From the Marine Corps to Success at Tesla Motors, Inc.

TESLA MOTORS

www.teslamotors.com

www.teslamotors.com/careers/vets

Tesla Motors is a California-based company known for producing premium electric vehicles and batteries. Company headquarters are in Palo Alto, California. Vehicle-manufacturing facilities are in Fremont, California, and the company produces batteries in Sparks, Nevada. Tesla operates globally, with roughly 10,000 employees in locations throughout the United States, Canada, Western Europe, the United Kingdom, China, Japan, Hong Kong, and Australia.

Tesla has a dedicated U.S. Veterans Recruiting team. Career opportunities at Tesla include production associates, production supervisors, equipment maintenance technicians, and equipment maintenance supervisors within the manufacturing department.

Veterans are strong performers at Tesla because they bring discipline, dedication, and a mission-oriented attitude to their work. The work environment at Tesla is fast-paced and engaging; employees participate hands-on as part of a larger community supporting the company’s single mission.

A VETERAN SUCCESS | STEVEN SUBLETTE

Steven Sublette separated from the United States Marine Corps after nearly 10 years of service. His main responsibilities were aviation electronics I-Level repair, COMSEC, martial arts black belt instructor, and security manager.

Sublette joined Tesla Motors in the paint department in November 2014. He proved himself a valuable player as he pushed through high-intensity periods and temporarily switched assignments within the factory to help achieve targets. He earned a promotion after just four months on the job. Now he is a lead equipment maintenance technician on the plastic injection molding and assembly team. He maintains and repairs robots.

“Throughout my time in the Marines, I was given the opportunity to learn electronic repair and troubleshooting, as well as leadership skills,” he said. “These skills were noticed by Tesla, and they reached out to me for a technical role within the company.”

He encourages servicemembers learn as much as they can in the military. “Take full advantage of all training offered,” Sublette said. “Courses like cardiopulmonary resuscitation and first aid may seem like they wouldn’t be needed in the civilian sector, but everything you have learned can be added to.”

The skills that Sublette developed in the Marines not only helped him get the job at Tesla, but also helped him get promoted. “Electrical theory and troubleshooting skills have helped with electrical problems, but also hydraulic and digital logic issues,” he said. “This has enabled me to be competitive with other technicians here at Tesla and advance quickly.”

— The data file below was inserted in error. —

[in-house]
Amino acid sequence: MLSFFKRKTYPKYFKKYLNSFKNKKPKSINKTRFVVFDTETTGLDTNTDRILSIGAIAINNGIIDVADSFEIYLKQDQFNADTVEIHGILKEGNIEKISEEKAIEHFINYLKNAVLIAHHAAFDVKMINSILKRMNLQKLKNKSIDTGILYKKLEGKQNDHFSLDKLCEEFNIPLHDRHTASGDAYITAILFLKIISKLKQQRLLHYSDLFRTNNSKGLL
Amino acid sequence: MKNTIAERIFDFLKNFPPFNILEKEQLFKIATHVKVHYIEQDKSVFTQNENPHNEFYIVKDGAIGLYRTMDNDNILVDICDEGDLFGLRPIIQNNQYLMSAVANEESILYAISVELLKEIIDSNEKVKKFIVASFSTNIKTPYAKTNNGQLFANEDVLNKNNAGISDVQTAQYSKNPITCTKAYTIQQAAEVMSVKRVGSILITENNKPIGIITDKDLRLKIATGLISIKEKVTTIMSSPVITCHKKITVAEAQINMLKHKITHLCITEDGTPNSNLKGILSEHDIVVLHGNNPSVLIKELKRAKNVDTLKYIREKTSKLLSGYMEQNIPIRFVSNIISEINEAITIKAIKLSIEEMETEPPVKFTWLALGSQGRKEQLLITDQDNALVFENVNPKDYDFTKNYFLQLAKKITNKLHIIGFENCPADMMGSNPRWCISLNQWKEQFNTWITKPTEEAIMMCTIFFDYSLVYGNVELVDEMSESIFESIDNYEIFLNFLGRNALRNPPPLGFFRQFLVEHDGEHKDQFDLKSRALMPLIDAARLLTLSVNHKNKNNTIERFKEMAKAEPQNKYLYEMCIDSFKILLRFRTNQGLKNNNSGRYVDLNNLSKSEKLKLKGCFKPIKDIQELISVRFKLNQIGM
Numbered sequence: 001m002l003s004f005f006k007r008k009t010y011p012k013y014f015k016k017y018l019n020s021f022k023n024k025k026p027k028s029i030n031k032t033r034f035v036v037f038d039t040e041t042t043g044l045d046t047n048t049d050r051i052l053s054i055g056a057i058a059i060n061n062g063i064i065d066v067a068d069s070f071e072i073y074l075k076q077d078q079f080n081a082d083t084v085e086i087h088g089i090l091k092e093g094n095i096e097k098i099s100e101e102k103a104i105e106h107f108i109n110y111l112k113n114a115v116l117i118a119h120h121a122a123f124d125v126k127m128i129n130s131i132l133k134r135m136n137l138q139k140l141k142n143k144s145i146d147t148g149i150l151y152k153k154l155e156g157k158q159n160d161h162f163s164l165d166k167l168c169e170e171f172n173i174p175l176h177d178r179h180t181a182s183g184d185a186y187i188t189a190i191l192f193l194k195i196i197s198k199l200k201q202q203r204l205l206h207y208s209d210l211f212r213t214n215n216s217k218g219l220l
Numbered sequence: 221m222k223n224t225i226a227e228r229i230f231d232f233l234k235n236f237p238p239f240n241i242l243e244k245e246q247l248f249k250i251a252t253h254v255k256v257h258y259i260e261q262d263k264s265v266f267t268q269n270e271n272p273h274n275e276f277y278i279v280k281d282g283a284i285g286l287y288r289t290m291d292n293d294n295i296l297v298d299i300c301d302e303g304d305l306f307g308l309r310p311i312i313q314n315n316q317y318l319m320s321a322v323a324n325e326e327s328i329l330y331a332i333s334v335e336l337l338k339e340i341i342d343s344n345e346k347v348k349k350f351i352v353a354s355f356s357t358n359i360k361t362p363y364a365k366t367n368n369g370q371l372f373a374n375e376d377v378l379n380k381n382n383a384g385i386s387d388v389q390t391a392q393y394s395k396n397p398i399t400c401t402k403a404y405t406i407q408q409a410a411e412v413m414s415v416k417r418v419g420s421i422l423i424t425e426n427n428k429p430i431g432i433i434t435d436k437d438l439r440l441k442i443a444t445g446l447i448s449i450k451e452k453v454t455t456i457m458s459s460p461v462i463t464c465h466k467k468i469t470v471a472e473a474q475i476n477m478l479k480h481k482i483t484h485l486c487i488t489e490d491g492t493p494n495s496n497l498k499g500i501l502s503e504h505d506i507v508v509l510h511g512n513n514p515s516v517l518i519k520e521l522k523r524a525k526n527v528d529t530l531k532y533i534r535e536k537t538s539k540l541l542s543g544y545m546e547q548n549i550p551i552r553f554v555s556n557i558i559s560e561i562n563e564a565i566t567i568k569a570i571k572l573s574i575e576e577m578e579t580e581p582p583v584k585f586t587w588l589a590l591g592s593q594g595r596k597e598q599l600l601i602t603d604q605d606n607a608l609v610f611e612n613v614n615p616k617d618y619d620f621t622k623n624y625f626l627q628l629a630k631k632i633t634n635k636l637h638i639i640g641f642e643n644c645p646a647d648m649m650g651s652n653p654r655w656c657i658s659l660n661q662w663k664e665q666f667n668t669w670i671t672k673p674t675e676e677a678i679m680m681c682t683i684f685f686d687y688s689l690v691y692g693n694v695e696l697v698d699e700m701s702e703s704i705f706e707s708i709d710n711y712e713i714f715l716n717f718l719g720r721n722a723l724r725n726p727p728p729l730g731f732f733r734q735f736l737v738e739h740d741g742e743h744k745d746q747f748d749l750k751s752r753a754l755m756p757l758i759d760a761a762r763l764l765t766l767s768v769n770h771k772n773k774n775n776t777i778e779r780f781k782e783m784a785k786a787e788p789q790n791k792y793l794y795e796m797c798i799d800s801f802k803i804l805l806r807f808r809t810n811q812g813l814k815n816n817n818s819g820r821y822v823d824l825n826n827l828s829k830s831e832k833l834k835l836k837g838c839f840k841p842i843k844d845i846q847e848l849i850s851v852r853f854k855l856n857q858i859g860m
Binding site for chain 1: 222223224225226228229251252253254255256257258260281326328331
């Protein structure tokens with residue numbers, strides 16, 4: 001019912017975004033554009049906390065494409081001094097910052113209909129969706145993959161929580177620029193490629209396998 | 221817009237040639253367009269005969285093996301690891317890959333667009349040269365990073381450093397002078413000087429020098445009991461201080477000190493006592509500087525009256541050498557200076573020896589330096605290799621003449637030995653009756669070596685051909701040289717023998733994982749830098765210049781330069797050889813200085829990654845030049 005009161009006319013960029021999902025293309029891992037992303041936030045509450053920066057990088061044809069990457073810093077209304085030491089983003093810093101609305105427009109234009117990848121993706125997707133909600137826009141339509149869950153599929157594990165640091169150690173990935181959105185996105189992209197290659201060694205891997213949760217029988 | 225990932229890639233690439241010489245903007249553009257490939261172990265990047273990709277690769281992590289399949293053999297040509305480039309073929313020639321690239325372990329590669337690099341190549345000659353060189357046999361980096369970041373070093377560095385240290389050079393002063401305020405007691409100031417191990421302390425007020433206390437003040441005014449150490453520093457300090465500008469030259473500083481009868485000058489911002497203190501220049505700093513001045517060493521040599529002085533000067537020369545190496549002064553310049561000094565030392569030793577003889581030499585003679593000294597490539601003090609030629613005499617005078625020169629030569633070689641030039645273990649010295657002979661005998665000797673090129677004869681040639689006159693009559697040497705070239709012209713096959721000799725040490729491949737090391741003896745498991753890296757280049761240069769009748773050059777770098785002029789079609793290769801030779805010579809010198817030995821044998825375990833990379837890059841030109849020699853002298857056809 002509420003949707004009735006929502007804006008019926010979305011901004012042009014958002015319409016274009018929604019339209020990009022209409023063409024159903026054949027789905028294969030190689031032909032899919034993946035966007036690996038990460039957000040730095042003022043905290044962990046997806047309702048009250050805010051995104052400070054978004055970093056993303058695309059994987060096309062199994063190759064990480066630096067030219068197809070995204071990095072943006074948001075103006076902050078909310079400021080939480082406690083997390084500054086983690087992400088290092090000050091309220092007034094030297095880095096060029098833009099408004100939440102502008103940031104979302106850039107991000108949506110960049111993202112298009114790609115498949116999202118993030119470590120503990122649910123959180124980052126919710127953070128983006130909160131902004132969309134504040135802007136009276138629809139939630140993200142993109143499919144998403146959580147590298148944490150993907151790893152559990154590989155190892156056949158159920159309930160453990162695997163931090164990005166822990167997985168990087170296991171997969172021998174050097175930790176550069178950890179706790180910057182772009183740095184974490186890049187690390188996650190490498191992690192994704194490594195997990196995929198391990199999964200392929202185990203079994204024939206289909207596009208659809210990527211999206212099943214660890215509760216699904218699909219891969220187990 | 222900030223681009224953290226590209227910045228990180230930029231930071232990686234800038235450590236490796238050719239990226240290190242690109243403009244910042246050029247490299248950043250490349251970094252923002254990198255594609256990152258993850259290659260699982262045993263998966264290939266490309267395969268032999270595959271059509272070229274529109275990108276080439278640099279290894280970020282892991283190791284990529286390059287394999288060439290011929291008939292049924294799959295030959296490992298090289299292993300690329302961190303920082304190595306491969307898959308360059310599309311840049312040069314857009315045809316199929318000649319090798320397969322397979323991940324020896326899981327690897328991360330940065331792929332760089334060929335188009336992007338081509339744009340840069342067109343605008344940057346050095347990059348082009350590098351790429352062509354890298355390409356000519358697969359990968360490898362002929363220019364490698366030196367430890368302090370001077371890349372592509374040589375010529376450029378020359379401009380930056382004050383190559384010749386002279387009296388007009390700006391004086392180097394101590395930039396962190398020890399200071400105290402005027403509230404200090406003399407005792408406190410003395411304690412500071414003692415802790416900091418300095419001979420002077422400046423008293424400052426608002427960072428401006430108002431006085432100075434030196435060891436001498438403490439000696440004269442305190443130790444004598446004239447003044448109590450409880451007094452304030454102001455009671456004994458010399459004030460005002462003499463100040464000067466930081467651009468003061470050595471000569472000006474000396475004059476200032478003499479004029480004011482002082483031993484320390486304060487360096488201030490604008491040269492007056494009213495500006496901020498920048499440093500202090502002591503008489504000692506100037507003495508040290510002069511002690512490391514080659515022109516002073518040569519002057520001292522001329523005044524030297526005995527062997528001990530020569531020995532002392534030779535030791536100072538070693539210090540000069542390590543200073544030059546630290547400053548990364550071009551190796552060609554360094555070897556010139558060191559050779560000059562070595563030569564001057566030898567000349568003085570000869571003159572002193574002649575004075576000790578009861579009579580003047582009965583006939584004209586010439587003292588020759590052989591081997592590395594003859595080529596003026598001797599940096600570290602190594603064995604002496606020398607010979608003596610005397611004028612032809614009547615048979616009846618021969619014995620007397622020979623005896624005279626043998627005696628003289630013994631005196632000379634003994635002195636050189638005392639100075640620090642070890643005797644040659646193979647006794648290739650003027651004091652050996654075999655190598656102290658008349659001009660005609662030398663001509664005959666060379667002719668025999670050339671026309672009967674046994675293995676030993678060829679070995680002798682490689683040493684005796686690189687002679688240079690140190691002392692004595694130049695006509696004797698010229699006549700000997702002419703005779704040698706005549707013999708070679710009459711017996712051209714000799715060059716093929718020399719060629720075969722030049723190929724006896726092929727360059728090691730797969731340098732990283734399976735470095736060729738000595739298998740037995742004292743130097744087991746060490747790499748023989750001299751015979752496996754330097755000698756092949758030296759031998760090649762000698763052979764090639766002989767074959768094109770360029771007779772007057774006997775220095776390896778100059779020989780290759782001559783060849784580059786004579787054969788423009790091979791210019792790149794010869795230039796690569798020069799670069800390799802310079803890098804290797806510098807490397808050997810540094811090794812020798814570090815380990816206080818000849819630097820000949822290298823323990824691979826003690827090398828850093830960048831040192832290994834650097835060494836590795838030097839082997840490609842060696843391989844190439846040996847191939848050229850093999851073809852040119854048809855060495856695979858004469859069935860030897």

And he learned about more than electrical issues while serving his country. “The work ethic associated with the military is definitely appreciated by the civilian sector,” he said. “The simple things like showing up on time and following instructions correctly really impress people with a sense of professionalism and desire to succeed.”

Sublette believes veterans fit in well at his company. “Tesla has a veteran task force, a group of like-minded veterans that meet up regularly and brainstorm events, fundraisers, gear, and support for our fellow veterans and team members,” he said. “The support system here at Tesla feels unique, because it isn’t a clique that you have to be invited into. Anyone can join the task force and work alongside the VP of manufacturing or the VP of Human Resources to make Tesla a better place to work. We have already done 5k races, a shooting range trip, and recently planned and executed a Wounded Warrior fundraiser.”

He encourages veterans to take the right job, not necessarily the first job offered. “Know what you are worth, don’t take the first job that is offered to you and become complacent.” he said. “Send inquiry letters to large organizations explaining your skill set and desire for employment at their company. It takes 15 minutes to write a letter that can easily translate into an opportunity to achieve the career of your dreams. Be diligent, and don’t let the first ‘no’ be the end of your search.”

As for working at Tesla, Sublette said to talk to a fellow veteran. “Call our Veterans Recruiting Team,” he said. “The team consists of veterans working for veterans; they will evaluate your skill set and give you several starting points here in Tesla. Once you are in, the sky is the limit. Attending additional training and advancement through the company is encouraged, so although you might start as an associate, you can easily move into other departments like maintenance and engineering as the education and skill set is achieved.”

Tuesday November 10, 2015

This article appeared in the July-August 2015 issue of Search & Employ Magazine